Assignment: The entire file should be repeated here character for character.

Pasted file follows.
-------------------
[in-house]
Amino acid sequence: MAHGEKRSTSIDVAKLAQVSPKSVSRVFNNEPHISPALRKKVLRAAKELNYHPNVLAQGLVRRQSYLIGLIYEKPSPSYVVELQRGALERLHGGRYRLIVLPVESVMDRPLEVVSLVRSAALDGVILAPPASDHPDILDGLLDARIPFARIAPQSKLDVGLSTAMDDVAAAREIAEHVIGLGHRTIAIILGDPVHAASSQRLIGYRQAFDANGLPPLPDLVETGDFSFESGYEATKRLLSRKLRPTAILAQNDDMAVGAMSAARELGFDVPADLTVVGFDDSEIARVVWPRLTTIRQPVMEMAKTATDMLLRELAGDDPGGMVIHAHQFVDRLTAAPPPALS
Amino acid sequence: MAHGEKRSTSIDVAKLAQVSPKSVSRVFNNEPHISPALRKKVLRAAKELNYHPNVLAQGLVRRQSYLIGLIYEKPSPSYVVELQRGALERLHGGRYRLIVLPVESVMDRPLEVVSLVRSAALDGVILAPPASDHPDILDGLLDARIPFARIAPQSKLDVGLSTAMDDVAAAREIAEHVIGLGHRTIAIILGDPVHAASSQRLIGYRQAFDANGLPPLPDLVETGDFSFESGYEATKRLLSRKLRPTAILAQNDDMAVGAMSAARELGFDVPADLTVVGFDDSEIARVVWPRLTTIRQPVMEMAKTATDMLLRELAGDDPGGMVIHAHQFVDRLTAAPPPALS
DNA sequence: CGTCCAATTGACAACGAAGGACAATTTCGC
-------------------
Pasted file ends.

[in-house]
Amino acid sequence: MAHGEKRSTSIDVAKLAQVSPKSVSRVFNNEPHISPALRKKVLRAAKELNYHPNVLAQGLVRRQSYLIGLIYEKPSPSYVVELQRGALERLHGGRYRLIVLPVESVMDRPLEVVSLVRSAALDGVILAPPASDHPDILDGLLDARIPFARIAPQSKLDVGLSTAMDDVAAAREIAEHVIGLGHRTIAIILGDPVHAASSQRLIGYRQAFDANGLPPLPDLVETGDFSFESGYEATKRLLSRKLRPTAILAQNDDMAVGAMSAARELGFDVPADLTVVGFDDSEIARVVWPRLTTIRQPVMEMAKTATDMLLRELAGDDPGGMVIHAHQFVDRLTAAPPPALS
Amino acid sequence: MAHGEKRSTSIDVAKLAQVSPKSVSRVFNNEPHISPALRKKVLRAAKELNYHPNVLAQGLVRRQSYLIGLIYEKPSPSYVVELQRGALERLHGGRYRLIVLPVESVMDRPLEVVSLVRSAALDGVILAPPASDHPDILDGLLDARIPFARIAPQSKLDVGLSTAMDDVAAAREIAEHVIGLGHRTIAIILGDPVHAASSQRLIGYRQAFDANGLPPLPDLVETGDFSFESGYEATKRLLSRKLRPTAILAQNDDMAVGAMSAARELGFDVPADLTVVGFDDSEIARVVWPRLTTIRQPVMEMAKTATDMLLRELAGDDPGGMVIHAHQFVDRLTAAPPPALS
DNA sequence: CGTCCAATTGACAACGAAGGACAATTTCGC